Oh, for sure! The more variety, the better. Then things don’t get old, y’know? If you’re constantly going fast and trying to get mosh pits going for the whole show, it gets boring real fast. Especially when the bands that open for you are going fast the whole time, by the end of the night you’re standing there like, “Oh man, this is killin’ me!” 

You’ve always been pretty synonymous with the Fender Telecaster. Is that still your go-to guitar at the moment? 
The Telecaster is what I play live, yeah – it’s just what I’m comfortable with and what I’ve always played; when I auditioned for NOFX, I was playing that exact guitar. It’s great because the tone really cuts through live – but in the studio, I don’t use it at all. In the studio it’s mostly Les Pauls, sometimes Fender Jazzmasters and a few other types of guitars. It depends on the song, and the sound and vibe that we’re going for. And as far as the amps, the heads and all of that goes, we always experiment and try to find the right sound for the right song. So I’m not always stuck to the Telecaster – that’s my live go-to for sure, but it doesn’t sit well in the booth. 

Do you find that playing the Tele live brings a different flavour the songs after you record them on other kit? 
No, it still feels the same to me, it’s just a different guitar in my hand. It’s a different environment, for sure – but even then, whether it’s a big venue or a small club, the atmosphere always feels the same; the energy is the energy, y’know?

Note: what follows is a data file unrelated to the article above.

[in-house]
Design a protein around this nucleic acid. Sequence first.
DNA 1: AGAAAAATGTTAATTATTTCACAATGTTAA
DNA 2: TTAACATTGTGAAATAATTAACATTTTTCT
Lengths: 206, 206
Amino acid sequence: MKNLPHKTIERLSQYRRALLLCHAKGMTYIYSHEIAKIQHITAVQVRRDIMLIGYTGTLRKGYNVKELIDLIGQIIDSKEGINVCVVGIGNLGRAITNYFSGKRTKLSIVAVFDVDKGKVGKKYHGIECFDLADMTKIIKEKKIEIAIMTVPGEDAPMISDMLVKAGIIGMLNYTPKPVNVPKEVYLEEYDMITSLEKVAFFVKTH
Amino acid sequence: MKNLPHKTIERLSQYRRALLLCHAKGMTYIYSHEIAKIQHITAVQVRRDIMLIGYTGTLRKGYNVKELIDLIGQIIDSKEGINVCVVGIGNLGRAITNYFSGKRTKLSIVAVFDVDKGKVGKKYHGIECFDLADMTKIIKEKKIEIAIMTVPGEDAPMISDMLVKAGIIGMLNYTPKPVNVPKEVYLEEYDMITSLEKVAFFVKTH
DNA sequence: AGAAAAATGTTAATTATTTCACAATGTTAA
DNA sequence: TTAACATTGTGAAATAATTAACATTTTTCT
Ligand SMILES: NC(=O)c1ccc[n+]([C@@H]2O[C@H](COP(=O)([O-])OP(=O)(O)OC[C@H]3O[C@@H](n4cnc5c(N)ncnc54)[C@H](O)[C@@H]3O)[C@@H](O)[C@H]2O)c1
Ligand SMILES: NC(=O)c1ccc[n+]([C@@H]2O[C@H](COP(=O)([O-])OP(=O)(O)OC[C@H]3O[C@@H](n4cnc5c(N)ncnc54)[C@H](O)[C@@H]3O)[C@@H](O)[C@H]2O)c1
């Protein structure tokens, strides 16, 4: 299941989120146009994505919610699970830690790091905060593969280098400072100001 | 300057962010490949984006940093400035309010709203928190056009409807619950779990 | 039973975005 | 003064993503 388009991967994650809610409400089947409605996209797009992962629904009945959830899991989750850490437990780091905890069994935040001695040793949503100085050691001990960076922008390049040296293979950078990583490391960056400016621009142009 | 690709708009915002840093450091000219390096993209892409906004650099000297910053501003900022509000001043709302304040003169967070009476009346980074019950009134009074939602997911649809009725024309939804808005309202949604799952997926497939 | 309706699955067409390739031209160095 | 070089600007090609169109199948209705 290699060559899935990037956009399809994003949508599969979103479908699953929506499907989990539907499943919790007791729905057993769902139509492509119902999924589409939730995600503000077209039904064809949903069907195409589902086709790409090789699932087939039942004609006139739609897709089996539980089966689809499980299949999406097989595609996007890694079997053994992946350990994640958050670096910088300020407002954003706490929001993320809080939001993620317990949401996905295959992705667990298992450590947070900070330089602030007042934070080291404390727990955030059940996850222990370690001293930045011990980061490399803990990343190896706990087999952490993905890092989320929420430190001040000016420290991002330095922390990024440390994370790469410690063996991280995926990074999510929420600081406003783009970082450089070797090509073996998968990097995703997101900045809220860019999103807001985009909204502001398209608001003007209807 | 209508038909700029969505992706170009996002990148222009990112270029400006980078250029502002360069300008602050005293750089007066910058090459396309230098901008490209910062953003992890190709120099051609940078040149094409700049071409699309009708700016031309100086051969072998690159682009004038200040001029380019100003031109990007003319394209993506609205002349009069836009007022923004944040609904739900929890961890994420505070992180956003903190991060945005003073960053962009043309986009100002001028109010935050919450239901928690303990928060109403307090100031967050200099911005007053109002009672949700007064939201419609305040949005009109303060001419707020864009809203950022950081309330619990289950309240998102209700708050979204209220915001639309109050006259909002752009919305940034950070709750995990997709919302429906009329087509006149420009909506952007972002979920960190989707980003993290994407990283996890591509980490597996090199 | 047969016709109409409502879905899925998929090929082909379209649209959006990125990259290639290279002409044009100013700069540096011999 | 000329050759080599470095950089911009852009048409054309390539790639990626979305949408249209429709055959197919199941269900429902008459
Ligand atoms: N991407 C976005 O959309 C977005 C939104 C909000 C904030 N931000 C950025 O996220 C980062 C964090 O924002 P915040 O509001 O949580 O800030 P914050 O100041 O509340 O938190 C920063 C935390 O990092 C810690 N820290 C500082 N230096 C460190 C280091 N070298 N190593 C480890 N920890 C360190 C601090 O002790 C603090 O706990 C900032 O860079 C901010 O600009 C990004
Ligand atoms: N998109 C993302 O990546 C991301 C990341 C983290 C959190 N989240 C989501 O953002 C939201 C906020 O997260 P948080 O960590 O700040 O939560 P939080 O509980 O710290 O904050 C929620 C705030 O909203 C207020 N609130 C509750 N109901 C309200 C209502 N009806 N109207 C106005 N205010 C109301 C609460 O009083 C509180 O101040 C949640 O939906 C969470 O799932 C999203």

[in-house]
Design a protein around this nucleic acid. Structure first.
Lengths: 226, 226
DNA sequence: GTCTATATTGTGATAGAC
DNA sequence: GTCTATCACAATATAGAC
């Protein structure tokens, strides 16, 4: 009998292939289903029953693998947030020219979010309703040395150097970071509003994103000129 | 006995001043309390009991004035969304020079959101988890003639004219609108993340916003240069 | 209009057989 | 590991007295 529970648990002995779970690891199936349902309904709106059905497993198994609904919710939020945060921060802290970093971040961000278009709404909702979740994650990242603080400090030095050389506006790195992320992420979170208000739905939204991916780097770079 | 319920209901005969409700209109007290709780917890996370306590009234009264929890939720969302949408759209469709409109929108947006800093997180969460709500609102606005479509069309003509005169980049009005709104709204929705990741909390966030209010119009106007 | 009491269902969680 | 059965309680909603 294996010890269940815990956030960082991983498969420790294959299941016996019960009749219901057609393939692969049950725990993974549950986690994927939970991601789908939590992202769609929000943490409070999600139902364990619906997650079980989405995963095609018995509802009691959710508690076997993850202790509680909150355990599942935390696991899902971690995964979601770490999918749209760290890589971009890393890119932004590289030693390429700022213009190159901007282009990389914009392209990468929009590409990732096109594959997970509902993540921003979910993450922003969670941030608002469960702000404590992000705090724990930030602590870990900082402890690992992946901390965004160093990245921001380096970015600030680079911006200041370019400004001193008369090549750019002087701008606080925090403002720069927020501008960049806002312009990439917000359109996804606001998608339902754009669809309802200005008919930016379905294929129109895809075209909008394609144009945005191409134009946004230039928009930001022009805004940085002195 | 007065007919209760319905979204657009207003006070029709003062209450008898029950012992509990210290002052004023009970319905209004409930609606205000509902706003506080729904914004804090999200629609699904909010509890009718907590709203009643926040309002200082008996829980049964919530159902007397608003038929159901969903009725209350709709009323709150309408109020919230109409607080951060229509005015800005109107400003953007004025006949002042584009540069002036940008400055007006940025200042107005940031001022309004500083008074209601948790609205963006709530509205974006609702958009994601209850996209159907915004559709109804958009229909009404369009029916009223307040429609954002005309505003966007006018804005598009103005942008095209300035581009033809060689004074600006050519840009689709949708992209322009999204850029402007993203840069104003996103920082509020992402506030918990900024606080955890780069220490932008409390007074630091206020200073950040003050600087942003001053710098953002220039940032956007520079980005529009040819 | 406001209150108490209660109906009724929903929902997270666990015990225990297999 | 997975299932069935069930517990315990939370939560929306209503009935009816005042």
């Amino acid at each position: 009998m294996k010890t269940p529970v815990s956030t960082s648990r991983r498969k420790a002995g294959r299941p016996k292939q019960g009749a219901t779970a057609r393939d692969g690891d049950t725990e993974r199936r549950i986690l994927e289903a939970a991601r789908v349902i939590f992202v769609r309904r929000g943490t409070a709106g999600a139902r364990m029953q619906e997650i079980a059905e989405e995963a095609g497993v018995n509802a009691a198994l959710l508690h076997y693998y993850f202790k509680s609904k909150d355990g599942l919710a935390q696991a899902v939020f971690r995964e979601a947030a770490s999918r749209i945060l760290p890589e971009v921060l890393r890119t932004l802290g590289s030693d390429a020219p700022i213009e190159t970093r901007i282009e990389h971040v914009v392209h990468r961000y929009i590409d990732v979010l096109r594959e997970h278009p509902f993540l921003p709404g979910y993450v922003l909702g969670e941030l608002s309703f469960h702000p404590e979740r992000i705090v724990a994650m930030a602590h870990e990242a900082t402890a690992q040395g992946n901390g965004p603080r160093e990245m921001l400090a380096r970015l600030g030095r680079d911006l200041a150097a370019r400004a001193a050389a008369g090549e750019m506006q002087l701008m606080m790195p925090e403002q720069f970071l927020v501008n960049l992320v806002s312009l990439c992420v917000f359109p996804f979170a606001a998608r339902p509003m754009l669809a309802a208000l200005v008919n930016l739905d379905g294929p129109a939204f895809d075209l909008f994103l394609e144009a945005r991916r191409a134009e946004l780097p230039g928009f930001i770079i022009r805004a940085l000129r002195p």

So what did your recording setup for this album look like? 
Man, I don’t even remember what we used. We always have some sort of hot-rodded Marshall in there. Mesa Boogie Stilettos are always used a lot, too. I don’t know if you’ve seen photos of us in the studio – a lot of us post on Instagram – but we have all these stacks of heads lined up – six, seven, eight heads – and we have them all going through a custom-built patching system. The producer will switch us through every amp, and we’ll try our guitars out through every single one. We’ll find one that works and be like, “Ah, I like that one there!” And it’s usually a combination of a head and a cabinet that’s in the other room. And then when the album comes out, people go, “What did you use to record that one song?” But because we had so much gear and went through so many different combinations of guitars, amps and heads, I’m always stumped for an answer. There were so many things in that room! There was a Fender Bassman amp, a Silvertone, a Mesa Boogie Mark V… It really depends on the song, y’know?

Are you much of a pedal nerd? 
I do use a few little bits and pieces here and there. If it’s a reggae song, I will use the MXR EVH Phase 90. Or for an ending of a song or a little piece in the middle, I’ll use the EVH Flanger – it’s the classic Eddie Van Halen “choong, choong, choong” tone – you know the tone on “And the Cradle Will Rock...”? I won’t play a whole song with that on, but it adds an interesting little flavour there for a few seconds. I do use a lot of the Dunlop Crybaby for the solos, too, that’s always a staple on the board. 

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Ellie Robinson
Editor-at-Large, Australian Guitar Magazine

Ellie Robinson is an Australian writer, editor and dog enthusiast with a keen ear for pop-rock and a keen tongue for actual Pop Rocks. Her bylines include music rag staples like NME, BLUNT, Mixdown and, of course, Australian Guitar (where she also serves as Editor-at-Large), but also less expected fare like TV Soap and Snowboarding Australia. Her go-to guitar is a Fender Player Tele, which, controversially, she only picked up after she'd joined the team at Australian Guitar. Before then, Ellie was a keyboardist – thankfully, the AG crew helped her see the light…